When a tank toilet runs on its own, the most common culprit is the flapper, the rubberlike piece that’s supposed to seal the outlet hole at the bottom of the tank. A flapper that’s old or torn, or grit that keeps the flapper from sealing, can allow water to slowly leak from the tank into the toilet bowl. It happens silently, without the telltale drip you’d notice from a leak outside the toilet. But over time the drips add up and the flush mechanism turns on to add replacement water to the tank.

To test whether this is your problem, empty a bottle of dark food coloring into the tank after it has refilled. Mix the coloring into the water and wait a few hours. If the color shows up in the toilet bowl, you’ve found the problem. Clean the bottom of the flapper and the surface underneath. If that doesn’t solve the problem, replace the flapper.

But because all four toilets have the same issue, your problem is probably more complex. The flush mechanisms might not be adjusted properly or water pressure in your home might be too high, perhaps deliberately so to make sure you have adequate pressure on the fourth floor.

Some flush mechanisms are very sensitive. If your toilets have floats, lower the float in each toilet slightly, keeping water a half inch or so below the fill line. This will keep water from dribbling into the overflow tube, causing the valve to turn on to replace the lost water. If your toilets don’t have a float, they may have a Fluidmaster mechanism. Fluidmaster has a guide for fixing problems with its valves; at fluidmaster.com, type “ghost flushing” into the search box in the Support section.

To test whether water pressure is the issue, you can buy a water-pressure gauge for as little as $9.98 at Home Depot and use it to test the pressure at an outdoor hose bib. A typical standard for homes is around 50 to 75 psi (pounds per square inch). If the pressure is higher, you may need to add a pressure regulator valve, or replace or adjust the existing valve. It’s typically installed next to where water flows into a home.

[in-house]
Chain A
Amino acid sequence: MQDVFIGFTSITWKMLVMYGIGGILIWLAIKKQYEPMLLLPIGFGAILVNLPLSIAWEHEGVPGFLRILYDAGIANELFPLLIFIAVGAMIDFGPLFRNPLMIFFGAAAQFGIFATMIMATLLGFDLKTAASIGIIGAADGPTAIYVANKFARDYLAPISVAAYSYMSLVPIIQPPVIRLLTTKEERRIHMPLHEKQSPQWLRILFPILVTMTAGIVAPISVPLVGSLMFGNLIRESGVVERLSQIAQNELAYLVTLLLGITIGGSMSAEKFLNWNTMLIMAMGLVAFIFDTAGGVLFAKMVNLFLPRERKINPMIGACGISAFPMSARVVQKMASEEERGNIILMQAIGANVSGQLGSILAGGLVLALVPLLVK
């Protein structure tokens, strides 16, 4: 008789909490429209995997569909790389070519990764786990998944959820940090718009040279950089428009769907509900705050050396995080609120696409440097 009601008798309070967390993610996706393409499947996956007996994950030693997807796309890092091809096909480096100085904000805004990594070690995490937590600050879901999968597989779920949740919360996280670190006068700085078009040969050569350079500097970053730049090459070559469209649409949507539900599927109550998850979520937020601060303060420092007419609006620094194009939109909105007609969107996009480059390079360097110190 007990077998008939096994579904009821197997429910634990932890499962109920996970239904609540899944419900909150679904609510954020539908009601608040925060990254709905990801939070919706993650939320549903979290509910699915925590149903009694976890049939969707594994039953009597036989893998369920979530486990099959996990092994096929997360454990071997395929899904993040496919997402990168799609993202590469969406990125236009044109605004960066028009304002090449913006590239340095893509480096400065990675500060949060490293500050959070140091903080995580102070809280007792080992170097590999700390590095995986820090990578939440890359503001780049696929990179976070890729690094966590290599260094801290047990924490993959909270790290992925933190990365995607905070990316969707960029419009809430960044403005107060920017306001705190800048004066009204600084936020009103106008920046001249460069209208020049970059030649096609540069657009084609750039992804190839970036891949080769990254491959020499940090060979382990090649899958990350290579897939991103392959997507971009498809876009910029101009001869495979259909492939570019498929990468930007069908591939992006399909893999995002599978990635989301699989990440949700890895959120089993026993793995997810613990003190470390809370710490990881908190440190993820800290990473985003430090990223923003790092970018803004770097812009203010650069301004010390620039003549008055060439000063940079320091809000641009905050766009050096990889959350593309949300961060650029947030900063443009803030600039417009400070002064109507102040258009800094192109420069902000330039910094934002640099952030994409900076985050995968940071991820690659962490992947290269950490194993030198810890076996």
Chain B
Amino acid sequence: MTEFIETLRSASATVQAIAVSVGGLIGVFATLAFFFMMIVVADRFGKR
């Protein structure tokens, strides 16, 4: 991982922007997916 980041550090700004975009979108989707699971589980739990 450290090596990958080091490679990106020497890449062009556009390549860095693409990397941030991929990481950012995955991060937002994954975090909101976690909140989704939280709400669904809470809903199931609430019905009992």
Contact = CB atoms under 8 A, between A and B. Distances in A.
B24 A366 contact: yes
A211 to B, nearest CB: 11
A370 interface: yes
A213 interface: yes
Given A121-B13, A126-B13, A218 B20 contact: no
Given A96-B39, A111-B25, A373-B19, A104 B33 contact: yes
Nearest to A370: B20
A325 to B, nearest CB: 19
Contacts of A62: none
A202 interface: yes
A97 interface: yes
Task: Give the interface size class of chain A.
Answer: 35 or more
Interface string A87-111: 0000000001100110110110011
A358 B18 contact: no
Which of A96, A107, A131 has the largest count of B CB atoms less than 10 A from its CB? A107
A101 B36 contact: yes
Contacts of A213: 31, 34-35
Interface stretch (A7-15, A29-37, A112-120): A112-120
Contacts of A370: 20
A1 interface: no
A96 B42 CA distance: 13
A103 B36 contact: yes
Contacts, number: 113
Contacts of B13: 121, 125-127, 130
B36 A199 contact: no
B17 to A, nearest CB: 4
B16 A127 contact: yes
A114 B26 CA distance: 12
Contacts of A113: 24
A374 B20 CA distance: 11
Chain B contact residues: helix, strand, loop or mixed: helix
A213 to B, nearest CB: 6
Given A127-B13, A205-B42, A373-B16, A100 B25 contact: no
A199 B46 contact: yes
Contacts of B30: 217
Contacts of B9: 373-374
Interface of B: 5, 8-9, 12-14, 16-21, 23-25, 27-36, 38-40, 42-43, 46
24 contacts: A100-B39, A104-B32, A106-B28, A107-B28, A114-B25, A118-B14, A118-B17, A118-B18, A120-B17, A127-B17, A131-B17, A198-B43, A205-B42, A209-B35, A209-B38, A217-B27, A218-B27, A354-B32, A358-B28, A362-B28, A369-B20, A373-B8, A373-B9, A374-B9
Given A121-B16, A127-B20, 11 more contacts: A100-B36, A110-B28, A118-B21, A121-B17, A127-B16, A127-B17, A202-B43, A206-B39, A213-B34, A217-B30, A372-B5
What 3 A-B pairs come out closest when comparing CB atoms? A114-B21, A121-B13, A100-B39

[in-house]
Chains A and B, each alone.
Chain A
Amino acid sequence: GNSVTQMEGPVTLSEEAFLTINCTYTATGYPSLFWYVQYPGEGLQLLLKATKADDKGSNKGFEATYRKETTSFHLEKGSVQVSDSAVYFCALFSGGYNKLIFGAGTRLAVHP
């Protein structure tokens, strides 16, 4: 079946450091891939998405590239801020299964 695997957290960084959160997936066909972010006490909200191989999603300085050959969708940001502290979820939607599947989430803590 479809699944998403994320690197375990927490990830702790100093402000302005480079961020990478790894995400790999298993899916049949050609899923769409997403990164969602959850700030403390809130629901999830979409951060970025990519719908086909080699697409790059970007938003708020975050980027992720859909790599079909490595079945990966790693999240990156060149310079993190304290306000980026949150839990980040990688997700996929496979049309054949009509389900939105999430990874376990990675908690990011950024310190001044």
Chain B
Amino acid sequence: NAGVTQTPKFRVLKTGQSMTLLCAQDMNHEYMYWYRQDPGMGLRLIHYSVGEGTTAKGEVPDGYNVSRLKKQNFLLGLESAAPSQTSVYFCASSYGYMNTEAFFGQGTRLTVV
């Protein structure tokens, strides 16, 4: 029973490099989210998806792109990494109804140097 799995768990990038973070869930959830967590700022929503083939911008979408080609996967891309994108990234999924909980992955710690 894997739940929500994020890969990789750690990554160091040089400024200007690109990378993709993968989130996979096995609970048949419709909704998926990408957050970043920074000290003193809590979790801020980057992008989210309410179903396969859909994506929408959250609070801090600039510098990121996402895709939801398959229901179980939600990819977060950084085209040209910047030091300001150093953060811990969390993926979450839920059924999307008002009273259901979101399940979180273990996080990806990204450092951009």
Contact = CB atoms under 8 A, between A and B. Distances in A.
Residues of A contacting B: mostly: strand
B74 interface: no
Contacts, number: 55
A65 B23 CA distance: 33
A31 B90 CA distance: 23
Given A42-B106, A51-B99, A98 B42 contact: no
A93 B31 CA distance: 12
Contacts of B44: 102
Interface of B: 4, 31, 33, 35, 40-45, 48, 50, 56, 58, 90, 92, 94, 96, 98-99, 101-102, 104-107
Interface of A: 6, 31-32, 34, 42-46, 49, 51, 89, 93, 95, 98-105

The best time to test is late at night, when water pressure tends to be highest because few people on your water main are using water then, according to Dan Cochran, a master plumber and owner of Dwyer Plumbing in Alexandria (703-922-8220; dwyerplumbing.com). His company charges $69.95 for an evaluation and approximately $360 to $400 to install a pressure-reducing valve.

Given the four-story nature of your home, you might be better off just calling a plumber to evaluate your system as a whole. Kesterson Plumbing & Heating in Alexandria (703-549-3139; kestersonplumbing.com) charges $168.50 per hour with a one-hour minimum for a technician and $450 or $485 to install or replace a pressure regulator valve, depending on whether the incoming pipe’s diameter is ¾ inch or 1 inch. Kramer & Sons Plumbing Service in Alexandria (703- 360-6400; kramerandsons
plumbing.com
) charges a $59 dispatch fee, which includes travel time and diagnostics by a plumbing technician. The company gives estimates only after the on-site visit, but installing or replacing a valve could cost $300 to $1,000, said Sadat Sheikh, the office manager.

There is one other possibility. You didn’t say whether your toilets are tankless. Delany Products, which makes Coyne Delany Flushboy tankless toilets, says on its website (delanyproducts.com) that when its toilets flush on their own, it’s often because flushing a toilet on a lower floor is siphoning water from the upper chamber of the valve on an upper-floor toilet. The company offers a replacement part called a non-syphon bypass that cures this. A plumber should be able to obtain and install it or diagnose similar problems with toilets made by other companies.

Have a problem in your home? Send questions to localliving@washpost.com . Put “How To” in the subject line, tell us where you live and try to include a photo.